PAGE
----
Hotel construction unearths beer mugs, liquor bottles and a bar dating back to before the Revolutionary War
| May 14, 2014 |
Archaeologists are excavating the construction site of a 22-story hotel on The Bowery in New York City, which has been occupied since the 1740s, in order to preserve any history that may be hiding in the soil.
And recently they made a big discovery.
According to a report from DNAInfo New York, Chrysalis Archaeology discovered hundreds of beer mugs, liquor bottles, medicine bottles and plates dating back to the Civil War and pieces of a bar that opened before the Revolutionary War.
The mugs, bottles and plates—including a wine bottle from Bürgerspital Wurzburg in Germany—were likely used at the Atlantic Garden, a “tourist destination in its day — it was known for its German food and beer, and as a place for music and parties,” Alyssa Loorya, president of Chrysalis, told DNAInfo New York.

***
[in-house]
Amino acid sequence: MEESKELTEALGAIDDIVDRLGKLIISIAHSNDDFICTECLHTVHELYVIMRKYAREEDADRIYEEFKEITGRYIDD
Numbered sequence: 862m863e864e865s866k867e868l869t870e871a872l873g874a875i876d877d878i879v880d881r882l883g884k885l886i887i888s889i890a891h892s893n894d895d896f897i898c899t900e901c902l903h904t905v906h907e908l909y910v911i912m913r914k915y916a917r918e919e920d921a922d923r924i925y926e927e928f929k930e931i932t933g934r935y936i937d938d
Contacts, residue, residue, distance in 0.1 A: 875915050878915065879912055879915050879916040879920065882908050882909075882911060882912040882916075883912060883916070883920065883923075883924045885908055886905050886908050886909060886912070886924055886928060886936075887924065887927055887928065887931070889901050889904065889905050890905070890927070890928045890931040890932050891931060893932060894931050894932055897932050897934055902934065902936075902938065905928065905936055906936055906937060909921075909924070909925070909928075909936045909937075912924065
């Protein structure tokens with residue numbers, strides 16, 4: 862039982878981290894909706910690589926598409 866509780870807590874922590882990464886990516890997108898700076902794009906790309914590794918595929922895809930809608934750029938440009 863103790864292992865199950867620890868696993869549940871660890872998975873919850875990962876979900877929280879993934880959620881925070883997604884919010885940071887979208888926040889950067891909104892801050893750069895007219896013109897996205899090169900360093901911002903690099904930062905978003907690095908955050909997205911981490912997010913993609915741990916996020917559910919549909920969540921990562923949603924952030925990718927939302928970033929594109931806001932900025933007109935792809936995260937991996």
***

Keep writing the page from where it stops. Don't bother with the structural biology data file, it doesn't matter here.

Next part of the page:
The Atlantic Garden was opened in 1858 and closed by 1916 and until last year the building still stood after being gutted and added on to at various points throughout the years.
But the Garden wasn’t the first occupant of the site. It was built where the Bull’s Head Tavern once stood between the 1740s and 1825. Opened by a prominent butcher, the tavern had a rich history, once serving as a recruiting center for the King’s Army when New York was under British control and it gave respite to then-General George Washington and his troops during a stop in 1783.
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